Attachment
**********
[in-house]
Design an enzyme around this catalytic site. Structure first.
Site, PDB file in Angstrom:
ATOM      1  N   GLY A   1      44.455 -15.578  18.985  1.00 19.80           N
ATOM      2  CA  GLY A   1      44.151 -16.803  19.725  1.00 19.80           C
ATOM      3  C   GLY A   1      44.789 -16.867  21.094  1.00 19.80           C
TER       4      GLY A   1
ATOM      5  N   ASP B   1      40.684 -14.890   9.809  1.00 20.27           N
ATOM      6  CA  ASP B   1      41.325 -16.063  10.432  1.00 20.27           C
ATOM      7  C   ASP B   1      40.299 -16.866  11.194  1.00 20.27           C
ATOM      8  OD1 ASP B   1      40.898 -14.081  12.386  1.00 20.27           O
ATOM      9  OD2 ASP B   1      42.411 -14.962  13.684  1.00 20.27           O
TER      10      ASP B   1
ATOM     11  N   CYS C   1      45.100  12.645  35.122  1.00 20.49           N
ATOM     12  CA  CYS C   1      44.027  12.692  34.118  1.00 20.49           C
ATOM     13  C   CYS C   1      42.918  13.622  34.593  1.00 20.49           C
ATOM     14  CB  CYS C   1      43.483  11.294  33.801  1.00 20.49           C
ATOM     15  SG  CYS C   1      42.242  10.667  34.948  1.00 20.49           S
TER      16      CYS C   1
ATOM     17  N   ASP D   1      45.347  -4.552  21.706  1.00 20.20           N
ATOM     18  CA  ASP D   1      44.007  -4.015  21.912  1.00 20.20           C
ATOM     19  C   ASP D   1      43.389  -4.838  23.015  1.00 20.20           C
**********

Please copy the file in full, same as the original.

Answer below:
[in-house]
Design an enzyme around this catalytic site. Structure first.
Site, PDB file in Angstrom:
ATOM      1  N   GLY A   1      44.455 -15.578  18.985  1.00 19.80           N
ATOM      2  CA  GLY A   1      44.151 -16.803  19.725  1.00 19.80           C
ATOM      3  C   GLY A   1      44.789 -16.867  21.094  1.00 19.80           C
TER       4      GLY A   1
ATOM      5  N   ASP B   1      40.684 -14.890   9.809  1.00 20.27           N
ATOM      6  CA  ASP B   1      41.325 -16.063  10.432  1.00 20.27           C
ATOM      7  C   ASP B   1      40.299 -16.866  11.194  1.00 20.27           C
ATOM      8  OD1 ASP B   1      40.898 -14.081  12.386  1.00 20.27           O
ATOM      9  OD2 ASP B   1      42.411 -14.962  13.684  1.00 20.27           O
TER      10      ASP B   1
ATOM     11  N   CYS C   1      45.100  12.645  35.122  1.00 20.49           N
ATOM     12  CA  CYS C   1      44.027  12.692  34.118  1.00 20.49           C
ATOM     13  C   CYS C   1      42.918  13.622  34.593  1.00 20.49           C
ATOM     14  CB  CYS C   1      43.483  11.294  33.801  1.00 20.49           C
ATOM     15  SG  CYS C   1      42.242  10.667  34.948  1.00 20.49           S
TER      16      CYS C   1
ATOM     17  N   ASP D   1      45.347  -4.552  21.706  1.00 20.20           N
ATOM     18  CA  ASP D   1      44.007  -4.015  21.912  1.00 20.20           C
ATOM     19  C   ASP D   1      43.389  -4.838  23.015  1.00 20.20           C